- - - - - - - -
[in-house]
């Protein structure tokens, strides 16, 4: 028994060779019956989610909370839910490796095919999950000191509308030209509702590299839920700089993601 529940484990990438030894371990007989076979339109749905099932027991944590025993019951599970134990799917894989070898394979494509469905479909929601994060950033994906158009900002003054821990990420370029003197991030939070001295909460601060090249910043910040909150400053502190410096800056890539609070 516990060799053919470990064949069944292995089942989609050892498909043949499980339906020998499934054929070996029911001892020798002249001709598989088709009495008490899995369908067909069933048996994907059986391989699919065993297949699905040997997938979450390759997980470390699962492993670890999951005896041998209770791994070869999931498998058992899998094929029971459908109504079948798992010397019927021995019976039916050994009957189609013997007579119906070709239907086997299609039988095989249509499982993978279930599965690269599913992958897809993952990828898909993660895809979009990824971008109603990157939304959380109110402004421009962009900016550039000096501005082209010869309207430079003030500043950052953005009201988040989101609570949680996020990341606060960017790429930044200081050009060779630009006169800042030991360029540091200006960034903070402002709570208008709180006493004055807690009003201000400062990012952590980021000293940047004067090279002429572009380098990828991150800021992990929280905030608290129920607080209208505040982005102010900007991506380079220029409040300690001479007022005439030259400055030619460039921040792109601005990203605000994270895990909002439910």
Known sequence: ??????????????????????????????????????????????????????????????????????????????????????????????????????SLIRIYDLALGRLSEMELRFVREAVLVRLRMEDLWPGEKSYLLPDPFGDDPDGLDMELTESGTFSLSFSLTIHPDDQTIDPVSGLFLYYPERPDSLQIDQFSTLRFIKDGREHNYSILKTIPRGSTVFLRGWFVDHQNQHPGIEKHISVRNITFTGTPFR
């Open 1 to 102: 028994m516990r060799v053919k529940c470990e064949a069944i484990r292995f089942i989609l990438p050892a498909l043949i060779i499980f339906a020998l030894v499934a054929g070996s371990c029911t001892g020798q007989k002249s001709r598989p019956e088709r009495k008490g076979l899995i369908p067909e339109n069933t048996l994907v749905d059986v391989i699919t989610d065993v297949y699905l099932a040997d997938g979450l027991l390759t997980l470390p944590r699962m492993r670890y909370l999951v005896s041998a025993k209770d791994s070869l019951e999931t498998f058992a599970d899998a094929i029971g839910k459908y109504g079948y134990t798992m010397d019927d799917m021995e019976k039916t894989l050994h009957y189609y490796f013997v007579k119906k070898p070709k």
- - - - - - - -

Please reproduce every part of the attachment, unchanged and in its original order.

[in-house]
């Protein structure tokens, strides 16, 4: 028994060779019956989610909370839910490796095919999950000191509308030209509702590299839920700089993601 529940484990990438030894371990007989076979339109749905099932027991944590025993019951599970134990799917894989070898394979494509469905479909929601994060950033994906158009900002003054821990990420370029003197991030939070001295909460601060090249910043910040909150400053502190410096800056890539609070 516990060799053919470990064949069944292995089942989609050892498909043949499980339906020998499934054929070996029911001892020798002249001709598989088709009495008490899995369908067909069933048996994907059986391989699919065993297949699905040997997938979450390759997980470390699962492993670890999951005896041998209770791994070869999931498998058992899998094929029971459908109504079948798992010397019927021995019976039916050994009957189609013997007579119906070709239907086997299609039988095989249509499982993978279930599965690269599913992958897809993952990828898909993660895809979009990824971008109603990157939304959380109110402004421009962009900016550039000096501005082209010869309207430079003030500043950052953005009201988040989101609570949680996020990341606060960017790429930044200081050009060779630009006169800042030991360029540091200006960034903070402002709570208008709180006493004055807690009003201000400062990012952590980021000293940047004067090279002429572009380098990828991150800021992990929280905030608290129920607080209208505040982005102010900007991506380079220029409040300690001479007022005439030259400055030619460039921040792109601005990203605000994270895990909002439910």
Known sequence: ??????????????????????????????????????????????????????????????????????????????????????????????????????SLIRIYDLALGRLSEMELRFVREAVLVRLRMEDLWPGEKSYLLPDPFGDDPDGLDMELTESGTFSLSFSLTIHPDDQTIDPVSGLFLYYPERPDSLQIDQFSTLRFIKDGREHNYSILKTIPRGSTVFLRGWFVDHQNQHPGIEKHISVRNITFTGTPFR
């Open 1 to 102: 028994m516990r060799v053919k529940c470990e064949a069944i484990r292995f089942i989609l990438p050892a498909l043949i060779i499980f339906a020998l030894v499934a054929g070996s371990c029911t001892g020798q007989k002249s001709r598989p019956e088709r009495k008490g076979l899995i369908p067909e339109n069933t048996l994907v749905d059986v391989i699919t989610d065993v297949y699905l099932a040997d997938g979450l027991l390759t997980l470390p944590r699962m492993r670890y909370l999951v005896s041998a025993k209770d791994s070869l019951e999931t498998f058992a599970d899998a094929i029971g839910k459908y109504g079948y134990t798992m010397d019927d799917m021995e019976k039916t894989l050994h009957y189609y490796f013997v007579k119906k070898p070709k």